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Sources of dissolved organic carbon (DOC) in a mixed land use catchment (Exe, UK)

Ritson, J. P., Croft, J. K., Clark, J. M., Brazier, R. E., Templeton, M. R., Smith, D. and Graham, N. J. D. (2019) Sources of dissolved organic carbon (DOC) in a mixed land use catchment (Exe, UK). Science of the Total Environment, 666. pp. 165-175. ISSN 0048-9697

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To link to this item DOI: 10.1016/j.scitotenv.2019.02.228

Abstract/Summary

Many catchment management schemes in the UK have focussed on peatland restoration to improve ecosystem services such as carbon sequestration, water quality and biodiversity. The effect of these schemes on dissolved organic carbon (DOC) flux is critical in understanding peatland carbon budgets as well as the implications for drinking water treatment. In many catchments, however, peatland areas are not the only source of DOC, meaning that their significance at the full catchment scale is unclear. In this paper we have evaluated the importance of different land uses as sources of DOC by combining three datasets obtained from the Exe catchment, UK. The first dataset comprises a weekly monitoring record at three sites for six years, the second, a monthly monitoring record of 25 sites in the same catchment for one year, and the third, an assessment of DOC export from litter and soil carbon stocks. Our results suggest that DOC concentration significantly increased from the peaty headwaters to the mixed land-use areas (ANOVA F=12.52, p<0.001, df=2), leading to higher flux estimates at the downstream sites. We present evidence for three possible explanations: firstly, that poor sampling of high flows may lead to underestimation of DOC flux, second, that there are significant sources of DOC besides the peatland headwaters, and finally, that biological- and photo- degradation decreases the influence of upstream DOC sources. Our results provide evidence both for the targeting of catchment management in peatland areas as well as the need to consider DOC from agricultural and forested areas of the catchment.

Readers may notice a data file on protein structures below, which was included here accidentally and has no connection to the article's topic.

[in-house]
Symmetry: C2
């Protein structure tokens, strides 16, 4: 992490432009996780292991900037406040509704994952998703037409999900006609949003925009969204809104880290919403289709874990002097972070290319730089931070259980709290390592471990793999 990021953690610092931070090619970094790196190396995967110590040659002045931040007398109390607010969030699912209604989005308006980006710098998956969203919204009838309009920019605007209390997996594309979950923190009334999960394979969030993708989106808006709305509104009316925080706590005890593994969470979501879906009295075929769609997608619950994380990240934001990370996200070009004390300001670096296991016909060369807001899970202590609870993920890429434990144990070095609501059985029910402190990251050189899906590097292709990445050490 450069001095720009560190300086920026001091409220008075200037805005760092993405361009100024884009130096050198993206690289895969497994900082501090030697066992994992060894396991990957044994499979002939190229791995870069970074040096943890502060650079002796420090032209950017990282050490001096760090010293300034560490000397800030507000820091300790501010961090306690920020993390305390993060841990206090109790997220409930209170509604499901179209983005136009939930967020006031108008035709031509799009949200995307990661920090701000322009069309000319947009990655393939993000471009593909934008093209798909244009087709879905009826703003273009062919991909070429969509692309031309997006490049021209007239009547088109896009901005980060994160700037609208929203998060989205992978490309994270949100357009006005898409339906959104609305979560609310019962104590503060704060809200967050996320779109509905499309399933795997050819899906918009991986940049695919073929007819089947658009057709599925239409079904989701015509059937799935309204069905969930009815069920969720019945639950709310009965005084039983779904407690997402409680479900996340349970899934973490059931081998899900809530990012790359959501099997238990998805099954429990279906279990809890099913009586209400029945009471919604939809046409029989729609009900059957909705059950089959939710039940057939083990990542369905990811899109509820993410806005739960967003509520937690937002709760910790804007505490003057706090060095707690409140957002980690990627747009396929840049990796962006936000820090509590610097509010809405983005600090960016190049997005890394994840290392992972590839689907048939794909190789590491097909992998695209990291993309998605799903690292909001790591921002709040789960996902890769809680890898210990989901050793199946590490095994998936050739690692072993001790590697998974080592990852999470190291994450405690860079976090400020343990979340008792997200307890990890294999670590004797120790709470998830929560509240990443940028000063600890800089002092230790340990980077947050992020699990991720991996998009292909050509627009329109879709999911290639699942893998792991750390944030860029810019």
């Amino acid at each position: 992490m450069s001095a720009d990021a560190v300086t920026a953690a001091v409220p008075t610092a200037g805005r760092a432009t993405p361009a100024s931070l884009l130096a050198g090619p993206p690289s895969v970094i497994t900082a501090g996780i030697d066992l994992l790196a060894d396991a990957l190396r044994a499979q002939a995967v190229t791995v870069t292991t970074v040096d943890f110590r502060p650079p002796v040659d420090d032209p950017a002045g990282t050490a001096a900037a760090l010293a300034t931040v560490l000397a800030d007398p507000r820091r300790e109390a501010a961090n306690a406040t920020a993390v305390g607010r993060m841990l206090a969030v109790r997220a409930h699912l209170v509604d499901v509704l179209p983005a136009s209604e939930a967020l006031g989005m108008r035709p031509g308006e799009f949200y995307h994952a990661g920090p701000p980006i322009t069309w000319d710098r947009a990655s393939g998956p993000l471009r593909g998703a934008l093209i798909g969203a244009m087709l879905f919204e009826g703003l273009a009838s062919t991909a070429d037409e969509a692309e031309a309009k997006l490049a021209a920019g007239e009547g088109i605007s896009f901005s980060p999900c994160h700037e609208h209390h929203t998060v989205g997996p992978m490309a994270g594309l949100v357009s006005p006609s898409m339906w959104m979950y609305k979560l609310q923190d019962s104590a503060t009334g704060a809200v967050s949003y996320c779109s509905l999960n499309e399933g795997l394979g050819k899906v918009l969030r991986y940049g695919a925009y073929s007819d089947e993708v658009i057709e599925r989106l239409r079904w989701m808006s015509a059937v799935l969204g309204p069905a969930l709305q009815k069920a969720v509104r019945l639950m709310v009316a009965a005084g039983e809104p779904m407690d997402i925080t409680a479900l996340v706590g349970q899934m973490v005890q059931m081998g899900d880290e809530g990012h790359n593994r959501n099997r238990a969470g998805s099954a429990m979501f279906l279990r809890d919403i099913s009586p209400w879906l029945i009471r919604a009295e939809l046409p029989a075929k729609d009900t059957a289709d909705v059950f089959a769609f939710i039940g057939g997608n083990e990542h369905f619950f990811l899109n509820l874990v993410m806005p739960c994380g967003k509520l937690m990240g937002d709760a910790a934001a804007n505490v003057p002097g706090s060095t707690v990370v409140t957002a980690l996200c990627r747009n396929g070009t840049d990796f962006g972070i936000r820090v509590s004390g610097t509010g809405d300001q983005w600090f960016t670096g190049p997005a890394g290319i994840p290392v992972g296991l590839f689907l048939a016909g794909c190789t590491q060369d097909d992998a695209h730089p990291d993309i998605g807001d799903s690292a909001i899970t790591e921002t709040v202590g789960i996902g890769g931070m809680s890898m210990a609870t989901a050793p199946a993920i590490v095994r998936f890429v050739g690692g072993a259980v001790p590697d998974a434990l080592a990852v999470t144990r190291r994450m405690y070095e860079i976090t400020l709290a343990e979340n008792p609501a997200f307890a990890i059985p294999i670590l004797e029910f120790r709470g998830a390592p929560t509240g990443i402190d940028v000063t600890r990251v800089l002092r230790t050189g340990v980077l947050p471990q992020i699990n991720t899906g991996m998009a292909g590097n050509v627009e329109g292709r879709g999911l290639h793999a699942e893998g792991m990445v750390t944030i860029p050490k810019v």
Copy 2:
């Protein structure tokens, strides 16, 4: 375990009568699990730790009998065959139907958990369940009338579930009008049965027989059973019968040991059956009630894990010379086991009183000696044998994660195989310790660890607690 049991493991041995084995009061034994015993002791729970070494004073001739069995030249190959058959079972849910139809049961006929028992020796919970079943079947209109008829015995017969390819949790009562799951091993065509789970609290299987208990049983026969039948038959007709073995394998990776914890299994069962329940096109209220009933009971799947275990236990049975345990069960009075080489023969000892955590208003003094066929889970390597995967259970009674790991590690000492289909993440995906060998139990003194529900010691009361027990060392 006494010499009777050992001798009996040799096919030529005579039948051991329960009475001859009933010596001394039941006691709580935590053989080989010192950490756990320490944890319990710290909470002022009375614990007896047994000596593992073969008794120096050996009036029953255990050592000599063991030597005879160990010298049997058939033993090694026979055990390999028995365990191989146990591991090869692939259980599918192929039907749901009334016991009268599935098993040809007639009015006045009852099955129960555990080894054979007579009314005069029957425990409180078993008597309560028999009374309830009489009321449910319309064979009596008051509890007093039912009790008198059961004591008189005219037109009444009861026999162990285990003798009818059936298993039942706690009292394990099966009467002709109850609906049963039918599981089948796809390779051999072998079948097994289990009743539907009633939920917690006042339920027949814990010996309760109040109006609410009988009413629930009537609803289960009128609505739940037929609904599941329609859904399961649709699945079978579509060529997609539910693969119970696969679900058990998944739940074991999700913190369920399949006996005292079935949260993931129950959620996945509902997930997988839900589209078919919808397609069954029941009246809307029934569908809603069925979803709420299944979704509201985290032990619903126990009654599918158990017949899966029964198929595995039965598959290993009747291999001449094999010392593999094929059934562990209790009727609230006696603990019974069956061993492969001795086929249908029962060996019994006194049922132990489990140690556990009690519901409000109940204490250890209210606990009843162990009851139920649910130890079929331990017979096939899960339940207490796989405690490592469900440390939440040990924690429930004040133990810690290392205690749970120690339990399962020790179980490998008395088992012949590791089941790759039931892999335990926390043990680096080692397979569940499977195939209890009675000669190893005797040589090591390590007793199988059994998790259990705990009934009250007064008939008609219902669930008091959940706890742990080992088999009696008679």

Item Type:Article
Refereed:Yes
Divisions:Interdisciplinary centres and themes > Ecosystems Science
Faculty of Science > School of Archaeology, Geography and Environmental Science > Earth Systems Science
Faculty of Science > School of Archaeology, Geography and Environmental Science > Department of Geography and Environmental Science
Interdisciplinary centres and themes > Soil Research Centre
ID Code:82341
Publisher:Elsevier

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